Having been a member of my local volunteer fire department for many years, I was one of the first responders to many car wrecks, strokes, heart attacks and traumatic injuries of all kinds. Even if the person was non-responsive and I could look at them and know for a certainty that there was no “realistic hope,” I would do CPR on the person, unless there was a do not resuscitate order. In working in hospitals, I followed the same protocol, “doing my best” to keep the person alive.

In working in intensive care units, I have seen futile resuscitation attempts made on very old and very sick people that there was absolutely no chance in Hades that they would ever wake up, much less live any kind of quality life. I have seen children kept on respirators for decades because their parents could not give up the hope that their child would one day wake up and go home with them.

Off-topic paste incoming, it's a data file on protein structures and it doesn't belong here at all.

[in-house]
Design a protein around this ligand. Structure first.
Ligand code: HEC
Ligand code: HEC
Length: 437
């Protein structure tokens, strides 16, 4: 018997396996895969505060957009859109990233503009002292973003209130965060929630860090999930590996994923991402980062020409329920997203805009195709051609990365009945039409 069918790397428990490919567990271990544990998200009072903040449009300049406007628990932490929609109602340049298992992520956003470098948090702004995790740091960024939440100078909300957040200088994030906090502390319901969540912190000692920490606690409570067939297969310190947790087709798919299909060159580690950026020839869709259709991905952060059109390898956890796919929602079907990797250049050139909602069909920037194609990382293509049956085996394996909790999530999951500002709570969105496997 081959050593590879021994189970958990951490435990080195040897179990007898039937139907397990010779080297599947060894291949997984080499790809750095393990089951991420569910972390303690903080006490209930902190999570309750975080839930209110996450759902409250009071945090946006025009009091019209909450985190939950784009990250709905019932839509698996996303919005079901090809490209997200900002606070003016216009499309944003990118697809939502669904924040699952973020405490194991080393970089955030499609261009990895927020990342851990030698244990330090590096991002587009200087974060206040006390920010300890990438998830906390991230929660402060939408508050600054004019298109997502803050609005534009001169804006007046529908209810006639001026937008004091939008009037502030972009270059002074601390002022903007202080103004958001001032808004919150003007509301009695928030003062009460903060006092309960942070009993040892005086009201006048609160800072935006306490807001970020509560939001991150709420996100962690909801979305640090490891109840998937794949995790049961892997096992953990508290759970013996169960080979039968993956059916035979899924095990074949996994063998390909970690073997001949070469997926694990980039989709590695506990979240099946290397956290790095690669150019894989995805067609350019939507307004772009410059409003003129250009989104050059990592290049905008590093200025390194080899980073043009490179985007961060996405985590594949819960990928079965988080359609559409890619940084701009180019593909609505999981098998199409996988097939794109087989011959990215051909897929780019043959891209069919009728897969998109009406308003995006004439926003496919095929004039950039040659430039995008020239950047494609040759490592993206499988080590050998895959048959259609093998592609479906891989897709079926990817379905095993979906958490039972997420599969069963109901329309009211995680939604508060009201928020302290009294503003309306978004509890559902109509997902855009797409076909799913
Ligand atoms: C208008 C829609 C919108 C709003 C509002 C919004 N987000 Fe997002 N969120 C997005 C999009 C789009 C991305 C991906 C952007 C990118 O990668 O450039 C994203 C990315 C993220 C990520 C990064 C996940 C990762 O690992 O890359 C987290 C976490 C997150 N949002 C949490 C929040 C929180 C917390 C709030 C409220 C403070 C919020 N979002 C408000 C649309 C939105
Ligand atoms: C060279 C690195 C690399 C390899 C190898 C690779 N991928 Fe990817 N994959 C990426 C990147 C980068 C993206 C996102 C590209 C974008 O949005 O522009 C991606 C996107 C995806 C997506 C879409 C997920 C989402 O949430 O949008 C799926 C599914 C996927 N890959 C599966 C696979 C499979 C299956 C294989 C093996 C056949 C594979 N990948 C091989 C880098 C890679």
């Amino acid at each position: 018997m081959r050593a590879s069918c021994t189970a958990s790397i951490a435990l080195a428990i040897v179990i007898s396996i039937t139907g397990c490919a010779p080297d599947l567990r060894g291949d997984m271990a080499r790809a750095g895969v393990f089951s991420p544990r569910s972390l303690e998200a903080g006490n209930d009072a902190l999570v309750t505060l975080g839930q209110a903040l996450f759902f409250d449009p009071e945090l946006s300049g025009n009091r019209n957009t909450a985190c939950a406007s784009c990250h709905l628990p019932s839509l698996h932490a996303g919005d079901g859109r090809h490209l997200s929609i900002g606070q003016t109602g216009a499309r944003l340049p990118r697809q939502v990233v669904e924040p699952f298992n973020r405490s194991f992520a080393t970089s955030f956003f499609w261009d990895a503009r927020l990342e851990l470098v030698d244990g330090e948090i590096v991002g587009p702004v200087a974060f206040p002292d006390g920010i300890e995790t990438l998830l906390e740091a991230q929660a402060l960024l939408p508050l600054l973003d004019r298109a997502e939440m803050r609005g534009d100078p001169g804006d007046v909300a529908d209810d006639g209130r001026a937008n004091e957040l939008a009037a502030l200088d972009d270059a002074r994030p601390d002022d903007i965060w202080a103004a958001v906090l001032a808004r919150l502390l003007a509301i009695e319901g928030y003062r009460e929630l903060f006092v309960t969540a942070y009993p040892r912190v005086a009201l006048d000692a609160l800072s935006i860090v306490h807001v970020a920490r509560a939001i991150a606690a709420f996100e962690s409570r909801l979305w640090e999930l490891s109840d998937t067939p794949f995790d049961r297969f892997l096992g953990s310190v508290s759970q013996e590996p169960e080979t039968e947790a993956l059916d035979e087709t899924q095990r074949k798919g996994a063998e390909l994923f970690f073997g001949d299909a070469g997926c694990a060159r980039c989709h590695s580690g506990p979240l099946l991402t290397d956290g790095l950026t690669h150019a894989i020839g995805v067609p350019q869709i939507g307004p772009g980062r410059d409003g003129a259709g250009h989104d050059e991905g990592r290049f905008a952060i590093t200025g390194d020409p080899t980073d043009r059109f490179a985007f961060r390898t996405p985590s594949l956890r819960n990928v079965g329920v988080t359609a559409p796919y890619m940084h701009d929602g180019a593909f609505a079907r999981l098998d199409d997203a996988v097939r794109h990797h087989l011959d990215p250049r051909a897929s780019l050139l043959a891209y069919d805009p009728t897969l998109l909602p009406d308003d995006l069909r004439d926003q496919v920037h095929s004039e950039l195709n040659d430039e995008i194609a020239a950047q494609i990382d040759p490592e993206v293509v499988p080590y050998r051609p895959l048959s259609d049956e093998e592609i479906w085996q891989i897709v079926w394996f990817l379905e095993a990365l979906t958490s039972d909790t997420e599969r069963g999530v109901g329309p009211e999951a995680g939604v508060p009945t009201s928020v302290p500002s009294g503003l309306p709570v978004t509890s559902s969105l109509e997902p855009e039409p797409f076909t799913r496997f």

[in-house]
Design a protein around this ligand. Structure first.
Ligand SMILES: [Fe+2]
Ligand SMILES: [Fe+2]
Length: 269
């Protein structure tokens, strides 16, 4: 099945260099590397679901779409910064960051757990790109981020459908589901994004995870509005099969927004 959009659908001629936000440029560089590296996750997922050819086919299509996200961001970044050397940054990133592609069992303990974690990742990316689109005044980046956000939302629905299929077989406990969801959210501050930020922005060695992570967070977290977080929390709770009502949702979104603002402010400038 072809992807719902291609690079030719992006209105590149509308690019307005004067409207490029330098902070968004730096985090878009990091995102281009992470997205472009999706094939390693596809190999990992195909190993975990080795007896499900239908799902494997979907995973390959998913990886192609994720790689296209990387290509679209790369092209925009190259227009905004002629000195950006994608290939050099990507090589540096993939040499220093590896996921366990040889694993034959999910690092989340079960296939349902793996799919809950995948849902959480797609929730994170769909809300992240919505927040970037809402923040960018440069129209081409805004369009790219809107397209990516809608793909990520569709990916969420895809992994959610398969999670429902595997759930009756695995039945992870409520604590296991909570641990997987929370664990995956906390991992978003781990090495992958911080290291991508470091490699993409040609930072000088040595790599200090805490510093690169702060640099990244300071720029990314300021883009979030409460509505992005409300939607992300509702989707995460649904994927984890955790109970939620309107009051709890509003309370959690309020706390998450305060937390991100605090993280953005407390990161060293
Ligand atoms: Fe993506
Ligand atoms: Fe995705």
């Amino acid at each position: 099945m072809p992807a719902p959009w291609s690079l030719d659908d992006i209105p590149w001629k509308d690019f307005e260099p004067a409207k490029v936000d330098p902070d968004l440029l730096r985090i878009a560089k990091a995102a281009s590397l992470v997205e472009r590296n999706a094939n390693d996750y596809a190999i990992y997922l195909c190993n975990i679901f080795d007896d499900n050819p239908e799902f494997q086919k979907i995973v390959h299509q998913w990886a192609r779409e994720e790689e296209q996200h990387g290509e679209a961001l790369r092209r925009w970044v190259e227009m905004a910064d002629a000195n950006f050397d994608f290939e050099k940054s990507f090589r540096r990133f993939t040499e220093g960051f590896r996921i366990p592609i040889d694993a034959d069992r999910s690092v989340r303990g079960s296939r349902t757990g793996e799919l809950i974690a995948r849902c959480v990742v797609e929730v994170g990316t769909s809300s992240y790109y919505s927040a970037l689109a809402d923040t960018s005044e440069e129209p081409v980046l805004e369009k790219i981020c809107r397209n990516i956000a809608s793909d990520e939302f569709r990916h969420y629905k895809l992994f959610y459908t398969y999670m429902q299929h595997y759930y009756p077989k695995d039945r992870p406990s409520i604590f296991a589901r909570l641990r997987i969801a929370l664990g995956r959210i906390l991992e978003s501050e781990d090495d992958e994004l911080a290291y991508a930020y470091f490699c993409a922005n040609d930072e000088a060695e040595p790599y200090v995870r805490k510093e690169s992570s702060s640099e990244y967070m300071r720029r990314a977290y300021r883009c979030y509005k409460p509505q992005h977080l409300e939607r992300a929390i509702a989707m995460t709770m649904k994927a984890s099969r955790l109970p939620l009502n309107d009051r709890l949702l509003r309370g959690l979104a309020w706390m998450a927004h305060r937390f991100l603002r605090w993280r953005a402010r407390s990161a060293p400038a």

In our personal lives as well as in medical care, there are people who cling to unrealistic hope to the point that they sacrifice so much to hang on to that hope. In psychology, we call that unrealistic hope “denial.” But I have also coined the term “malignant hope” to, I think, better describe the results of continual, long-term denial.

Denying cancer